In this series, I looked at overengineering 'making dots on a piece of paper' by using multiple robots. In part 1 we looked at making stippling work for a single robot, and in part 2, we extended this to two robots. In part 3, we had a look at approaches that optimize the order for the single-robot case. This here is a writeup of a paper I wrote as follow up, which is hopefully a bit more accessible than the paper itself.

In previous posts, I looked at finding poses for robot arms to make dots, sorting the poses, and then finding paths for one robot in part 1, and for two robots in part 2. In part 3 we had a look at sorting the sequences for the single robot case to find the optimal order to minimize the makespan.

In the paper I had a look at optimizing paths and sequences for multiple robots. There are multiple caveats in the appraoch, which means that the solution that we get out is not the optimal solution, but it is a better one than various baselines.

The current version of the code is available on github (I am planning to continue working on that), and the version of the code that was used to produce the data that is in the paper is here.

#### Problem setting

The problem setting I am interested in is mostly the same as before: We are given a set of dots, and I want to figure out how to minimize the time it takes to make all of them with multiple robots.There is one major caveat to this very generic problem setting: For now, we only consider a single pose per robot that makes this dot (in reality, there are clearly multiple poses in which the arm makes the same dot).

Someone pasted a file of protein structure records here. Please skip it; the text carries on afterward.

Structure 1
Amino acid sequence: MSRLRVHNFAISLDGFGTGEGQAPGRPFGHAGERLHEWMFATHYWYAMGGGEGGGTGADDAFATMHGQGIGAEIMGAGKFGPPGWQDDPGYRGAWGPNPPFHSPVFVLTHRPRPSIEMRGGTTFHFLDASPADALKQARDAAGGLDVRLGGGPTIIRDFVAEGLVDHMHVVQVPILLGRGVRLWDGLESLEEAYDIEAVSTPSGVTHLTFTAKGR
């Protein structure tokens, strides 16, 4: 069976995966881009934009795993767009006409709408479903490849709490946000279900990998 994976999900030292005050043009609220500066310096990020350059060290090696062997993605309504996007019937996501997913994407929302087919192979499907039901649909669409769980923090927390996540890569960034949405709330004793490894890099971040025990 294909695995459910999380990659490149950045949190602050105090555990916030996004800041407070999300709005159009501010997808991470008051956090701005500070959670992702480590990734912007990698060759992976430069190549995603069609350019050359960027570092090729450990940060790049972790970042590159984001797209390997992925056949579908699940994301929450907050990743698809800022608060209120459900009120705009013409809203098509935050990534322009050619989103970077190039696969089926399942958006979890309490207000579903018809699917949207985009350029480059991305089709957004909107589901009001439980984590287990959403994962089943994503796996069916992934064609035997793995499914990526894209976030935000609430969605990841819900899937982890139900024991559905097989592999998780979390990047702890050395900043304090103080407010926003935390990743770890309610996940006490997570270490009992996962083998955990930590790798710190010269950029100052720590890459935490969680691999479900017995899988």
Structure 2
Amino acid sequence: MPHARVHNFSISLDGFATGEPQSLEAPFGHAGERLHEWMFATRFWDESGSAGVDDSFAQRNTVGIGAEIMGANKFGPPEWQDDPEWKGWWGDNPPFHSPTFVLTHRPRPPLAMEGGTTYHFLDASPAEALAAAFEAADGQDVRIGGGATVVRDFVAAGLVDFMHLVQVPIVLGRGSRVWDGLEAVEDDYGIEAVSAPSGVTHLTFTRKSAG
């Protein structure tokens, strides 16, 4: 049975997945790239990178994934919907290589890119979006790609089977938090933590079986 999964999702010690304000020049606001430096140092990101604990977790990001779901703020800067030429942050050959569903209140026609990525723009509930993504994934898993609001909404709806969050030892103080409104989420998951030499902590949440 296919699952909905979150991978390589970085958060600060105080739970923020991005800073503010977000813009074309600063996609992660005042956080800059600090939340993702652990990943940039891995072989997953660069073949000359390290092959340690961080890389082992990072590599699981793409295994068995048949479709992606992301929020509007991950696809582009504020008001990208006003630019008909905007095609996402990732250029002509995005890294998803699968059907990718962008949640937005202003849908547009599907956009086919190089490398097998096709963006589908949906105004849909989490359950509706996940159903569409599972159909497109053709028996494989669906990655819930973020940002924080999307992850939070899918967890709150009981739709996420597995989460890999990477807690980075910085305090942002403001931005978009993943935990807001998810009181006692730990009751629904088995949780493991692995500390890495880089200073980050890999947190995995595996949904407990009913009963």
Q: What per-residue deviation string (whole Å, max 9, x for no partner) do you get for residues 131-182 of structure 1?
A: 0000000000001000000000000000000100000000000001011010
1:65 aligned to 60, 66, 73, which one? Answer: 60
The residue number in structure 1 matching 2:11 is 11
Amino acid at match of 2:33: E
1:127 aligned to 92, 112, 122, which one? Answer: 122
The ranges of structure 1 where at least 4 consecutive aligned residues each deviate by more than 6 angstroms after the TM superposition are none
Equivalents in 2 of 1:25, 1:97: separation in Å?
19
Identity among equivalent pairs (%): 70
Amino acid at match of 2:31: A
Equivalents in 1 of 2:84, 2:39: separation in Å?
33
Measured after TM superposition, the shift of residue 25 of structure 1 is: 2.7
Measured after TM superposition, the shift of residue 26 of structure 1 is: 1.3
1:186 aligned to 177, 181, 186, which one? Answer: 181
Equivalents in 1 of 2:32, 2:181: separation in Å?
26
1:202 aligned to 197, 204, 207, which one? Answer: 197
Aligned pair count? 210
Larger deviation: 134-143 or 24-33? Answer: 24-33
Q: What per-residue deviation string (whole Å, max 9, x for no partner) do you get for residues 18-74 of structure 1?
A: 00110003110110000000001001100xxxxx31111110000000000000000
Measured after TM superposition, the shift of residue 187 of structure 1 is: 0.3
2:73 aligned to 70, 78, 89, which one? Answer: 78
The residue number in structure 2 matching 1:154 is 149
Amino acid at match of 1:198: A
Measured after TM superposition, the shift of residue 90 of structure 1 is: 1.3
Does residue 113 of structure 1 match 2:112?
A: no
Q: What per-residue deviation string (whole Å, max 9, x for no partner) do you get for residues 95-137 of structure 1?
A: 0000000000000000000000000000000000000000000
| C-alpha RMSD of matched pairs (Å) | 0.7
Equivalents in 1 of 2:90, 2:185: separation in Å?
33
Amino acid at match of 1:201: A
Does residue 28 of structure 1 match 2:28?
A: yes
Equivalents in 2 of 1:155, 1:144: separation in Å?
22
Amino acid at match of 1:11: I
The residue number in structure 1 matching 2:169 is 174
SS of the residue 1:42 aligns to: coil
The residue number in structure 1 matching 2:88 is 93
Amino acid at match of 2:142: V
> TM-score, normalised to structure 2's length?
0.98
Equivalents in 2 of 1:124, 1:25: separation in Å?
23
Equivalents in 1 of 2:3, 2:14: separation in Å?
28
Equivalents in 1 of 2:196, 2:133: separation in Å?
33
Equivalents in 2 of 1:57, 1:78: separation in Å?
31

The questions we need to answer are then:

• which robot makes which dot?
• in which order should the dots be made?
• how does the robot need to move between the dot-making-poses?

This can be formalized into an optimization problem, but since that is not solvable by any solver that I know (and there most likely is no solver that is able to solve such a problem using optimization based approaches), I’ll skip this here. Interested readers should definitely have alook at the paper.

I generalized the problem above slightly in the paper: I do want to be able to use the approach for not only the dot-making setting, but I care about generic sets of tasks that can be distributed over multiple robots. In the paper, the example I use is bin-picking with two robot arms. This does not change anything majorly in the problem setting that we used in the previous parts.

#### Method

The core idea in the paper is that we can search over all possible orders and assignments if we find a suitable representation of the task sequence. The issue here is that we typically have a task-order per robot, but no overall task order. Typical motion planners can not really deal with this problem well.

We can then introduce ‘artificial’ precendence constraints that order the tasks, i.e., we introduce the fact that task i should be done before task j. That means that we represent our sequence by simply serializing the per-robot-sequences into a single sequence in the form of [(robot, task), …, (robot, task)] By doing this, we can theoretically analyze all possible sequences by looking at all possible serializations of a robot-task assignment.

Then, for computing a plan for this specific assignment and task order, we use the framework I developed in the paper here. I’ll recap the approach briefly (hopefully in a more approachable manner than in the paper):